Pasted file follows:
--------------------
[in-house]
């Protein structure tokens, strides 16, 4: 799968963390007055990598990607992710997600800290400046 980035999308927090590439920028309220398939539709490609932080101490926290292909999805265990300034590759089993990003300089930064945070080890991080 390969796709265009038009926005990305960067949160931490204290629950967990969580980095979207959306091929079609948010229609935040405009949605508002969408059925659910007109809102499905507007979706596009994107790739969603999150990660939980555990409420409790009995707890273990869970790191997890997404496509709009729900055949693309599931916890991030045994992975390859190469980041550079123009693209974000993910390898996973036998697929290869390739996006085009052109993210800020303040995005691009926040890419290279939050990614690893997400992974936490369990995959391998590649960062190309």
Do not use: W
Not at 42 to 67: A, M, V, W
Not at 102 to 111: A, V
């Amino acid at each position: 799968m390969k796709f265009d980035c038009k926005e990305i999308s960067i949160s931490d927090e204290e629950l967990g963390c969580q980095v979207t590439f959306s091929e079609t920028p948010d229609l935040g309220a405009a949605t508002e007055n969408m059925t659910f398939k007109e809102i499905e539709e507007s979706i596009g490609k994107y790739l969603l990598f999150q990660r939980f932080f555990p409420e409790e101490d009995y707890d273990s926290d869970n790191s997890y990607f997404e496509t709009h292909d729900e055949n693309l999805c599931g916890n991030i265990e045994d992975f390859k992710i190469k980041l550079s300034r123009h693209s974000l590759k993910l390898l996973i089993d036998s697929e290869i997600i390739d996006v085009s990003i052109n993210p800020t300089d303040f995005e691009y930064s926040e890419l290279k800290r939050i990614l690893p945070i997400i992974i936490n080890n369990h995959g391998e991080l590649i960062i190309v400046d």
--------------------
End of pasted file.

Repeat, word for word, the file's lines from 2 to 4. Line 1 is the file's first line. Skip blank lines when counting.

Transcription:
């Protein structure tokens, strides 16, 4: 799968963390007055990598990607992710997600800290400046 980035999308927090590439920028309220398939539709490609932080101490926290292909999805265990300034590759089993990003300089930064945070080890991080 390969796709265009038009926005990305960067949160931490204290629950967990969580980095979207959306091929079609948010229609935040405009949605508002969408059925659910007109809102499905507007979706596009994107790739969603999150990660939980555990409420409790009995707890273990869970790191997890997404496509709009729900055949693309599931916890991030045994992975390859190469980041550079123009693209974000993910390898996973036998697929290869390739996006085009052109993210800020303040995005691009926040890419290279939050990614690893997400992974936490369990995959391998590649960062190309």
Do not use: W
Not at 42 to 67: A, M, V, W